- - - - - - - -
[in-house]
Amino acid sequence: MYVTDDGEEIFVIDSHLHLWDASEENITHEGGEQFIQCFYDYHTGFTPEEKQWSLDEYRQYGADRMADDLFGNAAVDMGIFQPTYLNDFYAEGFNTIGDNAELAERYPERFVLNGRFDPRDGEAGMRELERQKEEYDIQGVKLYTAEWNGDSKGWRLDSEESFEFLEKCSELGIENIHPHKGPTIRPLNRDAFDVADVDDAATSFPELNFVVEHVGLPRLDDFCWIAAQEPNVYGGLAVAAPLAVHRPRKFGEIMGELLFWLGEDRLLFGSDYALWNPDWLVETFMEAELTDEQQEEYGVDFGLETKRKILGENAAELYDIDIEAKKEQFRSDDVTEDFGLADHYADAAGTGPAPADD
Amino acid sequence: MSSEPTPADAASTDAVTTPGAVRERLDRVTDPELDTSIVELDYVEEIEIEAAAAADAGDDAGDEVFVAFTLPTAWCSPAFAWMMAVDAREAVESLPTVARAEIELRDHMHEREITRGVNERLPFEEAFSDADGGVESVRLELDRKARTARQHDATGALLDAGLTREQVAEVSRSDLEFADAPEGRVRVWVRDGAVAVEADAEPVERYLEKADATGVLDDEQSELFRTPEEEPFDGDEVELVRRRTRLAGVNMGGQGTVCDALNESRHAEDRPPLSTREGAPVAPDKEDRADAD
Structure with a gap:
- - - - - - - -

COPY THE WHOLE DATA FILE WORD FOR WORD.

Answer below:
[in-house]
Amino acid sequence: MYVTDDGEEIFVIDSHLHLWDASEENITHEGGEQFIQCFYDYHTGFTPEEKQWSLDEYRQYGADRMADDLFGNAAVDMGIFQPTYLNDFYAEGFNTIGDNAELAERYPERFVLNGRFDPRDGEAGMRELERQKEEYDIQGVKLYTAEWNGDSKGWRLDSEESFEFLEKCSELGIENIHPHKGPTIRPLNRDAFDVADVDDAATSFPELNFVVEHVGLPRLDDFCWIAAQEPNVYGGLAVAAPLAVHRPRKFGEIMGELLFWLGEDRLLFGSDYALWNPDWLVETFMEAELTDEQQEEYGVDFGLETKRKILGENAAELYDIDIEAKKEQFRSDDVTEDFGLADHYADAAGTGPAPADD
Amino acid sequence: MSSEPTPADAASTDAVTTPGAVRERLDRVTDPELDTSIVELDYVEEIEIEAAAAADAGDDAGDEVFVAFTLPTAWCSPAFAWMMAVDAREAVESLPTVARAEIELRDHMHEREITRGVNERLPFEEAFSDADGGVESVRLELDRKARTARQHDATGALLDAGLTREQVAEVSRSDLEFADAPEGRVRVWVRDGAVAVEADAEPVERYLEKADATGVLDDEQSELFRTPEEEPFDGDEVELVRRRTRLAGVNMGGQGTVCDALNESRHAEDRPPLSTREGAPVAPDKEDRADAD
Structure with a gap: